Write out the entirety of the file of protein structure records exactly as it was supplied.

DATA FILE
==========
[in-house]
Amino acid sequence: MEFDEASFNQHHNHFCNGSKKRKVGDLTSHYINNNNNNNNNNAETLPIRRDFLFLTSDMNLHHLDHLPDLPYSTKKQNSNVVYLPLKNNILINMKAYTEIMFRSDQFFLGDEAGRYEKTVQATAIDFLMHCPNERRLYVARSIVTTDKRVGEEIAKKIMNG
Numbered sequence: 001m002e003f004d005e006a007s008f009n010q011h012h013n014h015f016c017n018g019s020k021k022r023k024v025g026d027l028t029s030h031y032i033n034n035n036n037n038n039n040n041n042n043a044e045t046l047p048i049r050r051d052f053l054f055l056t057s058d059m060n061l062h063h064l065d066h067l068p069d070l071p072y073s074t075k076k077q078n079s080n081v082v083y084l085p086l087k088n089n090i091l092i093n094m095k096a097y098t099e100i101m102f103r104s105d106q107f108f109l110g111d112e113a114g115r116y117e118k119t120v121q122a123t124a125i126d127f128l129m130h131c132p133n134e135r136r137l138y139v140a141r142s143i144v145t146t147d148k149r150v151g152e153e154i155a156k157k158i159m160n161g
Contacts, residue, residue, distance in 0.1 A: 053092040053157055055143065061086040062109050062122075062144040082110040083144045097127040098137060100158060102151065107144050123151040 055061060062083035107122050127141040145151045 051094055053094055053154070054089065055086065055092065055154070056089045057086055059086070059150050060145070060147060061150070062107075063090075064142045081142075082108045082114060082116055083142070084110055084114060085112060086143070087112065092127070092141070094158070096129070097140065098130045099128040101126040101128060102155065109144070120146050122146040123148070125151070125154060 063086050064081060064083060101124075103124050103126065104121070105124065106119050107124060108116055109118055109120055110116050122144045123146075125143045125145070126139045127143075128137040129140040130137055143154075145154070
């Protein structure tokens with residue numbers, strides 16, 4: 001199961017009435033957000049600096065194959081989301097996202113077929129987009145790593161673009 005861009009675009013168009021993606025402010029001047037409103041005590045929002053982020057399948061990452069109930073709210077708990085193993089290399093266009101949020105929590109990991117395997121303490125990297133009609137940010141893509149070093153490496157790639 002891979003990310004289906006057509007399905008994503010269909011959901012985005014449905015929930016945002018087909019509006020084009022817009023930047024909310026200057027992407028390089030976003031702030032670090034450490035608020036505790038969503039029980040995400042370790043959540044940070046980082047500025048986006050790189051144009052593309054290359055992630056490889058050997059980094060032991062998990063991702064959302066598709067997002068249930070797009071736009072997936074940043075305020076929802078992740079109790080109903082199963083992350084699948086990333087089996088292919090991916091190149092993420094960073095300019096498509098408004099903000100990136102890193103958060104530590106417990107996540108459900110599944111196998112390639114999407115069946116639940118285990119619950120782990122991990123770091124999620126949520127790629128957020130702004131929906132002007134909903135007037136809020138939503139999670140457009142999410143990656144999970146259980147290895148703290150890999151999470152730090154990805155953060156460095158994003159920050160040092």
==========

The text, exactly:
[in-house]
Amino acid sequence: MEFDEASFNQHHNHFCNGSKKRKVGDLTSHYINNNNNNNNNNAETLPIRRDFLFLTSDMNLHHLDHLPDLPYSTKKQNSNVVYLPLKNNILINMKAYTEIMFRSDQFFLGDEAGRYEKTVQATAIDFLMHCPNERRLYVARSIVTTDKRVGEEIAKKIMNG
Numbered sequence: 001m002e003f004d005e006a007s008f009n010q011h012h013n014h015f016c017n018g019s020k021k022r023k024v025g026d027l028t029s030h031y032i033n034n035n036n037n038n039n040n041n042n043a044e045t046l047p048i049r050r051d052f053l054f055l056t057s058d059m060n061l062h063h064l065d066h067l068p069d070l071p072y073s074t075k076k077q078n079s080n081v082v083y084l085p086l087k088n089n090i091l092i093n094m095k096a097y098t099e100i101m102f103r104s105d106q107f108f109l110g111d112e113a114g115r116y117e118k119t120v121q122a123t124a125i126d127f128l129m130h131c132p133n134e135r136r137l138y139v140a141r142s143i144v145t146t147d148k149r150v151g152e153e154i155a156k157k158i159m160n161g
Contacts, residue, residue, distance in 0.1 A: 053092040053157055055143065061086040062109050062122075062144040082110040083144045097127040098137060100158060102151065107144050123151040 055061060062083035107122050127141040145151045 051094055053094055053154070054089065055086065055092065055154070056089045057086055059086070059150050060145070060147060061150070062107075063090075064142045081142075082108045082114060082116055083142070084110055084114060085112060086143070087112065092127070092141070094158070096129070097140065098130045099128040101126040101128060102155065109144070120146050122146040123148070125151070125154060 063086050064081060064083060101124075103124050103126065104121070105124065106119050107124060108116055109118055109120055110116050122144045123146075125143045125145070126139045127143075128137040129140040130137055143154075145154070
């Protein structure tokens with residue numbers, strides 16, 4: 001199961017009435033957000049600096065194959081989301097996202113077929129987009145790593161673009 005861009009675009013168009021993606025402010029001047037409103041005590045929002053982020057399948061990452069109930073709210077708990085193993089290399093266009101949020105929590109990991117395997121303490125990297133009609137940010141893509149070093153490496157790639 002891979003990310004289906006057509007399905008994503010269909011959901012985005014449905015929930016945002018087909019509006020084009022817009023930047024909310026200057027992407028390089030976003031702030032670090034450490035608020036505790038969503039029980040995400042370790043959540044940070046980082047500025048986006050790189051144009052593309054290359055992630056490889058050997059980094060032991062998990063991702064959302066598709067997002068249930070797009071736009072997936074940043075305020076929802078992740079109790080109903082199963083992350084699948086990333087089996088292919090991916091190149092993420094960073095300019096498509098408004099903000100990136102890193103958060104530590106417990107996540108459900110599944111196998112390639114999407115069946116639940118285990119619950120782990122991990123770091124999620126949520127790629128957020130702004131929906132002007134909903135007037136809020138939503139999670140457009142999410143990656144999970146259980147290895148703290150890999151999470152730090154990805155953060156460095158994003159920050160040092």